Vicinity Jobs
Bookmark and Share

Explaining Why You Lost Your Job Mark Swartz, M.B.A. M.Ed.

About the Author

Mark Swartz, MBA, M.Ed., is Canada's Career Activist. His insights reach millions yearly as the Career Advisor, as author of the best seller "Get Wired, You're Hired," also as a professional speaker and coach on career/work issues. A former Toronto Star careers columnist, Mark's advice is forthright and practical. For Canada's biggest directory of free career articles, and for personalized coaching, please visit

Mark Swartz
Tuesday, March 13, 2007

Dear Mark: I am in the last month of a probation period at a very large company. My boss told me I did excellent work but did not have sufficient communication skills to meet the requirements of this job. He implied that I would be dismissed. My question is how I tell the future employer about my 6 months experience at this company. Should I hide it?

-- Christine, Ontario
Dear Christine,

There are several ways to go about handling this situation. When dealing with potential employers down the road, you can either tell the truth about what happened with an explanation, or you can try to fudge things. Each approach has its pro's and con's.

Let's take telling the truth. In this route, you would want to come across as sincere and willing to learn from your errors. Therefore before you leave your current job, I'd suggest that you try to find out as much as you can about what your boss meant when he said your communication skills weren't up to snuff. (Note: I did have to edit your original e-mail to me for some spelling errors, so maybe this is part of what he was talking about). Also ask your peers for their input. This way you can know better what you're actually dealing with. Then when a future employer asks, you can describe what the problem actually was, and how you are going about fixing it. One more tip: try to get a good reference from someone at your existing company before you leave. This reference should be able to focus on all the things you did well while there. It'll help in the immediate future.

In terms of trying to fudge things, well, it's a bit dicey. Six months is not exactly a blink of an eye. So if you're going to leave this work stint off your resume, you are going to have to explain why the gap exists when a future interviewer asks ''When exactly did you leave your last position?'' Since the interviewer could easily verify the date you give them by simply calling the most recent employer you've listed on your resume that is, the one before this six month job - you are going to need a legitimate rationale. Keep in mind your gap will now also include the time it took to find work after leaving your position at the company preceding this one, so the total time span of the gap will be more than six months. See my previous article on Explaining Why It's Taking So Long To Find Work for some hints.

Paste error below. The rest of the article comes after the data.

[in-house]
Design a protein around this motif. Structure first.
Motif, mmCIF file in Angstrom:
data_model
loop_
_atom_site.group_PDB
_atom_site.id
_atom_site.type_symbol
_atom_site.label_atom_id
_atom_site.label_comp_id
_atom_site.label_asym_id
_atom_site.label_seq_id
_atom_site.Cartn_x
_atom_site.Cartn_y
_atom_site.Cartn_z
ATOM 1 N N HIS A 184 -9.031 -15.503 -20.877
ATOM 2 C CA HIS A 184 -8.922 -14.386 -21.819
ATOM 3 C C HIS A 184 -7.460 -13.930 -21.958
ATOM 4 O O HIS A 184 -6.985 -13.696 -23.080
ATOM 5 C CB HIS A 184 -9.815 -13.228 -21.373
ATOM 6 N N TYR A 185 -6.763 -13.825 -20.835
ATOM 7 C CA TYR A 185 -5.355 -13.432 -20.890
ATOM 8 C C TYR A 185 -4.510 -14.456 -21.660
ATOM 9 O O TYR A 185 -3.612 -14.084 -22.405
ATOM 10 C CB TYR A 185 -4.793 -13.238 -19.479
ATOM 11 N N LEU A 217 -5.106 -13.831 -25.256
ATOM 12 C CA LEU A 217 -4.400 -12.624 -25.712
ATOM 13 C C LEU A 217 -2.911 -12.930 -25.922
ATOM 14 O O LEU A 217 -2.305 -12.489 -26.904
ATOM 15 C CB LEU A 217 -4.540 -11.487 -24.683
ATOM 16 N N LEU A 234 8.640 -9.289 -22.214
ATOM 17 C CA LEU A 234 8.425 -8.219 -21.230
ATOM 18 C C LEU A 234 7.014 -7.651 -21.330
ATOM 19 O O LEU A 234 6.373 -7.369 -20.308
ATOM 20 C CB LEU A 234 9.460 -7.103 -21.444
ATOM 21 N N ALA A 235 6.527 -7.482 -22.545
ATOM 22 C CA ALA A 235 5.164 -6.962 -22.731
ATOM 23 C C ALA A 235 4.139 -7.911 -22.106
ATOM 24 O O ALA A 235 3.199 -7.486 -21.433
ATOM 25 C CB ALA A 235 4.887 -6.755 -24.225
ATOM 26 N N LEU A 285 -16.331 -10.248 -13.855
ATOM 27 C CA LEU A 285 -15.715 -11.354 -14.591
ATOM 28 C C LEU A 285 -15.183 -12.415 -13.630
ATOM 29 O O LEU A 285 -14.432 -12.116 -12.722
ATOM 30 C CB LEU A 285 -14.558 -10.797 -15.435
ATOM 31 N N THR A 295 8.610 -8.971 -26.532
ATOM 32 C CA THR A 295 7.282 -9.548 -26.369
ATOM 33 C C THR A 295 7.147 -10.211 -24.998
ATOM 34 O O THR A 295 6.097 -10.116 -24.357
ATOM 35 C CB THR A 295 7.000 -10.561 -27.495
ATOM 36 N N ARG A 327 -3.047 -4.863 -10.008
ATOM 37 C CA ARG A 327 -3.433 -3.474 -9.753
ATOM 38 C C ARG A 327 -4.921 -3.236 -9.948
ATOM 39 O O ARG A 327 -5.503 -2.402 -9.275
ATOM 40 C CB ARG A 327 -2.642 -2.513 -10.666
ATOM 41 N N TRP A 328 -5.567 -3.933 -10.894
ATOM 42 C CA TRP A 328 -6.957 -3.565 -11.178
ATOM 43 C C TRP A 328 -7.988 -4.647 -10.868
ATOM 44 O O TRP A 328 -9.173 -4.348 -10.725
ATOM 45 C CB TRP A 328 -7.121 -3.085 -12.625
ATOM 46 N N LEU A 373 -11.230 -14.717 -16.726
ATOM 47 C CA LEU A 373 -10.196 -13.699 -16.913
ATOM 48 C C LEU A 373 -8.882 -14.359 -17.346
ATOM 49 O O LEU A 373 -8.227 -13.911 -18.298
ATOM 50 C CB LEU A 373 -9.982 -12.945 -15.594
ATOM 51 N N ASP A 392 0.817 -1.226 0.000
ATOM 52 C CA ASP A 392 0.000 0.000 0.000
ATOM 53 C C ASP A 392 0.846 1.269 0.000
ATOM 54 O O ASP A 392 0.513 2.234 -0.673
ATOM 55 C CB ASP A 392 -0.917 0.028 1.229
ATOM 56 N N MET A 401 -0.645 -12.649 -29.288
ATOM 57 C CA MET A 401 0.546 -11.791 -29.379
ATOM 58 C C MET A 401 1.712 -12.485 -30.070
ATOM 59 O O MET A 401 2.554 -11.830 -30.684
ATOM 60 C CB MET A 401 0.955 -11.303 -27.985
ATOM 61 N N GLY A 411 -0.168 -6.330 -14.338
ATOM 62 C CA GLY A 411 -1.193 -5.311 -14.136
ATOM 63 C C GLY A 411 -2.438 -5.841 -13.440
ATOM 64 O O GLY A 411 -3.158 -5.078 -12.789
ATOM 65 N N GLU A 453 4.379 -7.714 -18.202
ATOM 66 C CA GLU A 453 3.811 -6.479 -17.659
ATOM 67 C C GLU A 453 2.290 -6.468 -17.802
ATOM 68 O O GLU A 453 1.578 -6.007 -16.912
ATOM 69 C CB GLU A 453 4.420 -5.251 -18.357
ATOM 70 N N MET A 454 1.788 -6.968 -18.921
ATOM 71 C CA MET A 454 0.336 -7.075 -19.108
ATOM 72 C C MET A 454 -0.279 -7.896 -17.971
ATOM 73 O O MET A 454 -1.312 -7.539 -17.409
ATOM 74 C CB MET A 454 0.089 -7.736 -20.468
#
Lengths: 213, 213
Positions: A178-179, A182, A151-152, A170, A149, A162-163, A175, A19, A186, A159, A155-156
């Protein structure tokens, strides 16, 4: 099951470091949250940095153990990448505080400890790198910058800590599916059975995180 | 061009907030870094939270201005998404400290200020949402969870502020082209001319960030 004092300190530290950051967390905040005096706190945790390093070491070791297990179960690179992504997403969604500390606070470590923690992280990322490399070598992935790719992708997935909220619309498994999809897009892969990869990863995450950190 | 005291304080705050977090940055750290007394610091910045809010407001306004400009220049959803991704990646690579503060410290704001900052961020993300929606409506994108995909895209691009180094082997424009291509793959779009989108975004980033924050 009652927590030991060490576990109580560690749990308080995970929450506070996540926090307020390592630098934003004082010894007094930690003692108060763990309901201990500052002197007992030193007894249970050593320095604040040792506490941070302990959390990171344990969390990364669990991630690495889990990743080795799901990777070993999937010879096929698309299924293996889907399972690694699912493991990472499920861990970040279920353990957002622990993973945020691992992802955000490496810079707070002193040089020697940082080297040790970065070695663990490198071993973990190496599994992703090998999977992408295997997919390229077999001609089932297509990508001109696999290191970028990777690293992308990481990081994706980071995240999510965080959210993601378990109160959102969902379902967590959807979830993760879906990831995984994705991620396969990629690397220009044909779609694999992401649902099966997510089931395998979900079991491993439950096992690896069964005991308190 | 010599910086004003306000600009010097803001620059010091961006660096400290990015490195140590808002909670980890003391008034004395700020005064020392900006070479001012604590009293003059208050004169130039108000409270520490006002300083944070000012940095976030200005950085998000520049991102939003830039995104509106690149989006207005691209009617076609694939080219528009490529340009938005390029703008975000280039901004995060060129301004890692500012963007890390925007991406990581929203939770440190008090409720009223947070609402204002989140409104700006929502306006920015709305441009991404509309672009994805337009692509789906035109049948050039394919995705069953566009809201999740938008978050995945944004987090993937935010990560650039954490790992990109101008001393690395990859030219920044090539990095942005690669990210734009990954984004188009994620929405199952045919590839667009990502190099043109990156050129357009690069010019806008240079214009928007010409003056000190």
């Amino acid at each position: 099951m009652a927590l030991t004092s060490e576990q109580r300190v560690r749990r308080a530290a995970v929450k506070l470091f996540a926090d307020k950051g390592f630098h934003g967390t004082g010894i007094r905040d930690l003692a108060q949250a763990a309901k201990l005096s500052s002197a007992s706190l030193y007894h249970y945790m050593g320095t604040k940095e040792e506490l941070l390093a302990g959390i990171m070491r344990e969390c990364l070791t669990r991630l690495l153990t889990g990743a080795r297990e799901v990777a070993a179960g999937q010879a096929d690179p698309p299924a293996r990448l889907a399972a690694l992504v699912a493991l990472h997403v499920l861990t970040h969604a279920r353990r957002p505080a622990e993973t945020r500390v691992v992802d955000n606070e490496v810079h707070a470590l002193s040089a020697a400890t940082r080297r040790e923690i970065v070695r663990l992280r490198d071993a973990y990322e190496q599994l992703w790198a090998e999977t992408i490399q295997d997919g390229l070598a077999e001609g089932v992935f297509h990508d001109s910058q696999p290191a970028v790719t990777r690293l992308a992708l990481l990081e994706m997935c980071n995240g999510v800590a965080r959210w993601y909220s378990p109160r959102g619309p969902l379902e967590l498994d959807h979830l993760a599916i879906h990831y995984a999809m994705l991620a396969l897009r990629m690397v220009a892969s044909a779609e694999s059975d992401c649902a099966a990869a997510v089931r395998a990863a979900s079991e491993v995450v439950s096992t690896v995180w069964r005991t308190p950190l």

Some job seekers gamble that their new employer won't bother to call for references before hiring them, and thus make up stories like ''the six months at this last job was only a contract (or temporary) thing anyway.'' Or ''I spent the last six months in school upgrading my skills.'' Lying like this is a dangerous game because if caught, even after you've been hired, you can potentially be terminated for misrepresenting yourself.

My suggestion, Christine, is try the honest way first and make sure you emphasize what you're doing to improve your communication skills. Maybe enroll in a course or two to upgrade yourself in the meantime. And best of luck with your next steps.

P.S. For related info, please check out my article on What to Say When Asked Why You Left Your Job, and Overcoming Negative Perceptions of Your Last Job

The opinions and positions expressed in the above article represent the views of the author and are provided with no legal obligation and liability on the part of either the author or the publisher of this article, and with no implied or stated guarantees. The publisher of this article and the author are exempt from any liability for events resulting directly or indirectly from the use of this article. Copyrights over the article published on this page are owned in full by the article's author. It is prohibited to reproduce this article in parts or in full without the expressed permission of the author.